I’m a perfectionist. I like to think about things I’ve done and internally debate how to do better next time.
But what if there is no next time? Is there a point to thinking it over and over, finding ways things could (have been) better?
But I do.
I wish I didn’t.
I’m trying not to.
What the everloving crap are you talking about, Jenny? You’re asking your computer that right now, aren’t you?
I’m talking about the newborn stage. It’s hard to have all these one-year-ago moments staring me in the face and not think, “Did I do it right?”
I’m not sure I did. At the same time, I’m not sure I could have done any better. I’m pretty sure I could have done worse.
Did I hold them enough? Attachment Parenting law says I didn’t. Getting the most out of a once-in-a-lifetime-experience thinking says I didn’t.
Thinking back, there were definitely times when I was just touched the hell out, and even though someone wanted to be held, Rob/a grandparent/the swing/the vibrating chair stood in for me. There were times when I needed (or thought I needed) to do something housework-related, but should I have held babies while assigning the boring task to someone else?
There were also times – a ton of them – when I bounced/paced around the house with a baby in a carrier, spending an entire naptime standing with a baby attached to my front. I ate meals over a fuzzy head (and dropped crumbs on said head) and toned my legs (ha!) while trying to provide a cozy rest place for my little ones.
I didn’t do enough, or I did just enough – which is it?
They’re all attached to me and can’t stay away from me for long when we play on the floor together. They reach for me when they’re sad or sick, when they’re hurt or scared.
I obviously did something right.
So why do I continue to wish I had done better?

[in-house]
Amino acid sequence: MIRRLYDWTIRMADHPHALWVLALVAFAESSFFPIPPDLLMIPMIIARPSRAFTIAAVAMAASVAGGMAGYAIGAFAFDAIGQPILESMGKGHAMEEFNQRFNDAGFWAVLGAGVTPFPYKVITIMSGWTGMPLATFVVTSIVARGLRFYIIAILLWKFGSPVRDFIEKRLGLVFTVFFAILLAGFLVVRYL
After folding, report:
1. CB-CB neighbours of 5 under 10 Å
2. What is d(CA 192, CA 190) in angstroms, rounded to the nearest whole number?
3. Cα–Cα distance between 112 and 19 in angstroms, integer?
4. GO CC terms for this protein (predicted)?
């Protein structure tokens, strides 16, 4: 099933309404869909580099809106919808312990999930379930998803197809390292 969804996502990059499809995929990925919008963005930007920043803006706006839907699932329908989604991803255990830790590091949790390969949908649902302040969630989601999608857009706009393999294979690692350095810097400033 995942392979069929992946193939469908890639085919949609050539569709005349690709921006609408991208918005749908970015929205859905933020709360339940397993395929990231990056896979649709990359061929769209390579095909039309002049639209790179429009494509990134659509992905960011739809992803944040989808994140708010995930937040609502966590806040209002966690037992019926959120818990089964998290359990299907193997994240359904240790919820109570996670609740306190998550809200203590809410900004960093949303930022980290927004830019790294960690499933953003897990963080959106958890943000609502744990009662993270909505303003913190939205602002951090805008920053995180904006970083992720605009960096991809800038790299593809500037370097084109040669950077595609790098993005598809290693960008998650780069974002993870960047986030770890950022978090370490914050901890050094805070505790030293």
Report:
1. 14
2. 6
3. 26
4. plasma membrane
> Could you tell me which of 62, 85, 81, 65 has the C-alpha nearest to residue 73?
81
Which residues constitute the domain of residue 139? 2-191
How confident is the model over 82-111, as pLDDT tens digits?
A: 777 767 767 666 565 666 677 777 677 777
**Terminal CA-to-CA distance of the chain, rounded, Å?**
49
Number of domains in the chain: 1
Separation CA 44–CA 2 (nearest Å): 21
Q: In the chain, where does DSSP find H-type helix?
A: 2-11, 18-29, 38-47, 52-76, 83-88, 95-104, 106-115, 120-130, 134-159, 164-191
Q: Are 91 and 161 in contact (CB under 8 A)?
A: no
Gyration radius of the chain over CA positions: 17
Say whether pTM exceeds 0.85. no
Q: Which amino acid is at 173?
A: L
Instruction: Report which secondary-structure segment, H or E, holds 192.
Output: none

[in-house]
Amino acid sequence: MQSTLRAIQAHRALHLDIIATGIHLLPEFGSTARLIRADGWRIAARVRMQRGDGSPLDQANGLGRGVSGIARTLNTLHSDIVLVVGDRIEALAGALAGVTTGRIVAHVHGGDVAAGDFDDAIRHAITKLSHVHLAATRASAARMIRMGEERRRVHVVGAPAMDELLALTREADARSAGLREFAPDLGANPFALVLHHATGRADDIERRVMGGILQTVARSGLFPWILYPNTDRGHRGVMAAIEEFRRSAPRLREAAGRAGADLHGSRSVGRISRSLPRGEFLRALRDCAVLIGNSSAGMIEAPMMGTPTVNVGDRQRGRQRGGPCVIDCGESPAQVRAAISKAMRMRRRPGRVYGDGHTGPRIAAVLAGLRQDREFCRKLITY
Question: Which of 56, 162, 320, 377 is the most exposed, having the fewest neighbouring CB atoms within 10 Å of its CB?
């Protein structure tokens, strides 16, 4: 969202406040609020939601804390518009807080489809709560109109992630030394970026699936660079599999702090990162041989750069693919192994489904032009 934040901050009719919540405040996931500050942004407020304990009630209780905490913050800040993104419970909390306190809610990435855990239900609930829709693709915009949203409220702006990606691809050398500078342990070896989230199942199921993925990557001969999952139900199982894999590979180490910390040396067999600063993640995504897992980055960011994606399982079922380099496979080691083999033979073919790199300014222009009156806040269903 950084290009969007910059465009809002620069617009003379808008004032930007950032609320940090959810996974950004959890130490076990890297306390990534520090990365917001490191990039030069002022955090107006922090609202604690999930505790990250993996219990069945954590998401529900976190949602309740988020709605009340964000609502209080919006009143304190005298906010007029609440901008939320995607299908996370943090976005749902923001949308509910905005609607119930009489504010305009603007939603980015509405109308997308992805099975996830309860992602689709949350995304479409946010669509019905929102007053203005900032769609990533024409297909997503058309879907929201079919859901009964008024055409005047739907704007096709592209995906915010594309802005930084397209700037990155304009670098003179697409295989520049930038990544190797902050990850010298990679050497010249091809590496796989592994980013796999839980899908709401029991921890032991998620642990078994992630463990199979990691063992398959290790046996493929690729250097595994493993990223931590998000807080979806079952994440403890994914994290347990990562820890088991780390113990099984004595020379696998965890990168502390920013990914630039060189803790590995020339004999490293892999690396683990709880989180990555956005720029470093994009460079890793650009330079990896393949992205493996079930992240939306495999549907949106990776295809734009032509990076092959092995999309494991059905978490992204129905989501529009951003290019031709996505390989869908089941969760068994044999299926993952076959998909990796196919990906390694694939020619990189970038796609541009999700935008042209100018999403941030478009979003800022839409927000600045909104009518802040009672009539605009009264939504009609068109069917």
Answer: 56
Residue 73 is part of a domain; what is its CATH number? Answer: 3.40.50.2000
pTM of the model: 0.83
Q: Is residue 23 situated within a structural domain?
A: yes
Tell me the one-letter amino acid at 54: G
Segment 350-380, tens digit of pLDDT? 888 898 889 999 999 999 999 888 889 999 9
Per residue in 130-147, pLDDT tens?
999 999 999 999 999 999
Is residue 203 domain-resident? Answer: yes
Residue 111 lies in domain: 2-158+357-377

It could be leftover pain from the yelling I did with Rob or our parents. Exhaustion, emotion, hormones and the feeling of being constantly judged by having someone else here with me a lot of the time – it led to more explosions than I’m proud to own.
Maybe it’s the memory of my anxiety during the newborn phase (with preemies, it lasts FOREVER – they were close to 8 months old before they quit acting like newborns) that’s punching my self doubt into high gear.
At the bottom of my angsty pile of feelings lies this: I wish the beginning of our time at home together would have been more peaceful. At the very least, I wish my memories of that time were more ooey-gooey and lovey-dovey and less, “Do they remember how difficult I was to be around?”
There’s no point, though. It is what it is. Or was.
I had one baby who could probably be called colicky (Eleanor screamed from afternoon until evening unless being bounced while strapped to a chest), and one with reflux (looking back, Callista probably had a dairy sensitivity, but meds more or less fixed her symptoms, and I selfishly wouldn’t give up dairy). Toby? Well, he was easy. Chill, low-key, no issues. Just a lovable cuddlebug – the type of singleton that would allow for more kids in the future.
I did the best with what was available, and we all came out on the other side unscathed.
If I could just let go of my internal nagging, things would be pretty damn perfect.
First-time moms of multiples (singletons too, I suppose), learn from my self loathing. Do your best and accept it. Don’t beat yourself up, and don’t dwell on things. If you do, you’ll find yourself rambling to the Internet a year after the fact, too. If you’re stubborn like me and don’t listen, come find me, and we’ll commiserate.